When we begin to consider Christ and his band as a mannerbund, several things become immediately apparent. First, Christ demonstrates a special regard for his disciples. We see the group retreat throughout the gospels from public preaching to private teaching. The proverbs and dark sayings which are given to the people are given in fuller form to the disciples, so that they will be prepared for what is coming. Second, we understand that this mannerbund is engaged in a battle. However, we also know that it is not fundamentally a battle against an enemy of this world.
Rather, Christ and his Apostles are struggling against the dominion of Death itself, the rule of sin and the fallen spiritual powers which sought to establish it. Within this mannerbund, there is the love and trust of brothers. In the garden, we see mention of a Beloved Disciple who reclines upon the Lord’s own bosom; at the end of his gospel, St. John identifies himself as this disciple. The modern world thinks of love only in its romantic and sexual senses, and so the love of brotherhood is something it has lost the language to understand.
Conversely, the treachery of Judas embodies the evil of a man at war plotting to see his brothers-in-arms slain by the enemy. We also understand better why the Twelve did not include Christ’s female disciples, such as Mary Magdalene. The particular trust and relationship of a mannerbund is that of a band of brothers. Such was Christ’s trust in these men that he gave one of them care over his Blessed Mother, whose glory far exceeds theirs.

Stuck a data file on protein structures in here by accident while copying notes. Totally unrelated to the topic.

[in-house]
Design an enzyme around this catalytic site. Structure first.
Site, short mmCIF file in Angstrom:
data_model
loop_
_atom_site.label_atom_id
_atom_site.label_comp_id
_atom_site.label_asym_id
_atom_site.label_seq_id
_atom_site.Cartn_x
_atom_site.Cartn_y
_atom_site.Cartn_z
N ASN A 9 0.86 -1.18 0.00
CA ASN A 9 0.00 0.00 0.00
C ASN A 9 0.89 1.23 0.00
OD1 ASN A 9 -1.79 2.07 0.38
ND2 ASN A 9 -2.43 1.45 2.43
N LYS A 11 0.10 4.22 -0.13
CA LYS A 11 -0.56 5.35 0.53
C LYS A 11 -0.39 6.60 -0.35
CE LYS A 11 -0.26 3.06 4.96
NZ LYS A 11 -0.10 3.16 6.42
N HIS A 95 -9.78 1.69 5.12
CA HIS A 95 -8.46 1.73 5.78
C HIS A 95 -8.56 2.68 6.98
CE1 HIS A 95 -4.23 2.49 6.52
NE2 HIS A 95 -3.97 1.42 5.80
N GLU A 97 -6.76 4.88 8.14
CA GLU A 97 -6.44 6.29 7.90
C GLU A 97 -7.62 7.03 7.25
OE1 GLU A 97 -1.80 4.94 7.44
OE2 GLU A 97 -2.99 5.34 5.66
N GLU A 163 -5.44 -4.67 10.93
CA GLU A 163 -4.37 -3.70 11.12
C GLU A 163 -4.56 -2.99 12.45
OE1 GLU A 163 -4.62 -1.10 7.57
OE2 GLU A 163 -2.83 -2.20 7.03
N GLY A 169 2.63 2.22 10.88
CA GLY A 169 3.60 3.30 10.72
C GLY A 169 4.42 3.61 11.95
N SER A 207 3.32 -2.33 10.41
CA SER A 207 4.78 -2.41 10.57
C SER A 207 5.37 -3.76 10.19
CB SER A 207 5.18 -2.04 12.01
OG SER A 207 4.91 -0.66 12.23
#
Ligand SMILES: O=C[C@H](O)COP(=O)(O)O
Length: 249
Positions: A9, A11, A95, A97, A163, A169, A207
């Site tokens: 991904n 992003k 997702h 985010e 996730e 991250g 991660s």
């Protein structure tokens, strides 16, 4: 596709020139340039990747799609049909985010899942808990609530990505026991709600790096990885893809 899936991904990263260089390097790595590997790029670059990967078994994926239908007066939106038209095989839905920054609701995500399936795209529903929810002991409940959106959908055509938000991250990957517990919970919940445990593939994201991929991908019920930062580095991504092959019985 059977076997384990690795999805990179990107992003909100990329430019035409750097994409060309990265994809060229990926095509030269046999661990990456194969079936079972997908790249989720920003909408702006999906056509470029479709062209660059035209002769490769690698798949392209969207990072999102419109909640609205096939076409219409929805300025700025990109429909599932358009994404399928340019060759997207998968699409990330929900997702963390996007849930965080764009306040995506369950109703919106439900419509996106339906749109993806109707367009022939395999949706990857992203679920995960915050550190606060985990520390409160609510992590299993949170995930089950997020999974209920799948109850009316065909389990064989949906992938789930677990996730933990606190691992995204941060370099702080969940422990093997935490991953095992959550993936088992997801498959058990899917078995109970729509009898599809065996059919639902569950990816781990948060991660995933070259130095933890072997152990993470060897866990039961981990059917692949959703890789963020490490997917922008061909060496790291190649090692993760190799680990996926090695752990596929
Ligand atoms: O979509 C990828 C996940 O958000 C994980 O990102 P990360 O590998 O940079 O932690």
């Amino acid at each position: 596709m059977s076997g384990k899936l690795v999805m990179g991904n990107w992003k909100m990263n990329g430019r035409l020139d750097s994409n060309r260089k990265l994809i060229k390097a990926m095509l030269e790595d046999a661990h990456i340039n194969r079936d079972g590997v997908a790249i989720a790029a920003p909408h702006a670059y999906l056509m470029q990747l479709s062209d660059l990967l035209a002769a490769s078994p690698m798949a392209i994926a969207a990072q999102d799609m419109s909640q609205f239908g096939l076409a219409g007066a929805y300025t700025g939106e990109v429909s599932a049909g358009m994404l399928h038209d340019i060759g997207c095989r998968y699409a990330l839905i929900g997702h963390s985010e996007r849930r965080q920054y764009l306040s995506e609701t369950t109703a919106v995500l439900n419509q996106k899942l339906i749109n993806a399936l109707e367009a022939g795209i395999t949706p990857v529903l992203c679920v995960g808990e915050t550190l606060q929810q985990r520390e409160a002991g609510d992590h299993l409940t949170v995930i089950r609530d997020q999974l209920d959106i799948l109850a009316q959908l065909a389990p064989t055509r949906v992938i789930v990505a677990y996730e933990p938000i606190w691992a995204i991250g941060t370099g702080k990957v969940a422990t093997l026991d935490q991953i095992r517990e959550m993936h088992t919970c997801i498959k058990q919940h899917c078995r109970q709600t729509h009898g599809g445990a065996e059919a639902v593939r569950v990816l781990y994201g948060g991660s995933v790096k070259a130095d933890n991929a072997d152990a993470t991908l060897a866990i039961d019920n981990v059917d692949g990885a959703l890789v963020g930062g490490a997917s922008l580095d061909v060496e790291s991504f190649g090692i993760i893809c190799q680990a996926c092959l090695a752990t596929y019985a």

We must also face the stark fact of the cross. As we saw, the comites of the Germanic mannerbund were honor-bound to die with their leader. And indeed, when confronted with Judas’ treachery and facing soldiers, Peter’s first reaction is to draw his sword and defend his Lord. It is only the same Lord’s word which stops him from going further. (Parenthetically, those who think that Christianity implies pacifism might reflect on the fact that the Apostles were armed, presumably with Christ’s knowledge). However, we know what happens next. When Christ is taken captive, his chosen band flees and deserts him. St. John’s gospel speaks of only one disciple who follows him into the high priest’s courtyard. Peter himself – the Rock on which Christ proclaimed his Church would be built – hangs back. When finally confronted, he swears three times that he does not even know Christ, fulfilling the Master’s own words. We see a mannerbund scattered, and thus in the greatest shame. The Lord faces battle alone, giving his life on the cross for the destruction of sin and death and the harrowing of Hell itself.
Were this the end of the Apostolic mannerbund, then this piece would be no more than a lesson of warning. But such was not to be. On the third day, the victorious Redeemer rises from his tomb. Throughout multiple encounters, the Apostles begin to understand what has occurred. St. John recounts how, sharing food on a shoreline, Christ redeems Peter and reinstates him to lead the flock. The mission of this band of brothers is only beginning. Christ reveals to Peter that he will in fact be called one day to follow his leader into death itself:
Amen, amen, I say to thee, When thou wast younger, thou didst gird thyself and didst walk where thou wouldst. But when thou shalt be old, thou shalt stretch forth thy hands, and another shall gird thee and lead thee whither thou wouldst not. (John 21:18)
The whole mannerbund – save one – would give their lives willingly and joyfully for their Lord and Master. Tradition tells us that only St. John would escape a bloody martyrdom, bearing instead the cross of outliving all his brethren, enduring imprisonment at Patmos, and finally receiving the revelation contained in the Apocalypse. The glory of the Apostolic mannerbund is not only restored, but magnified.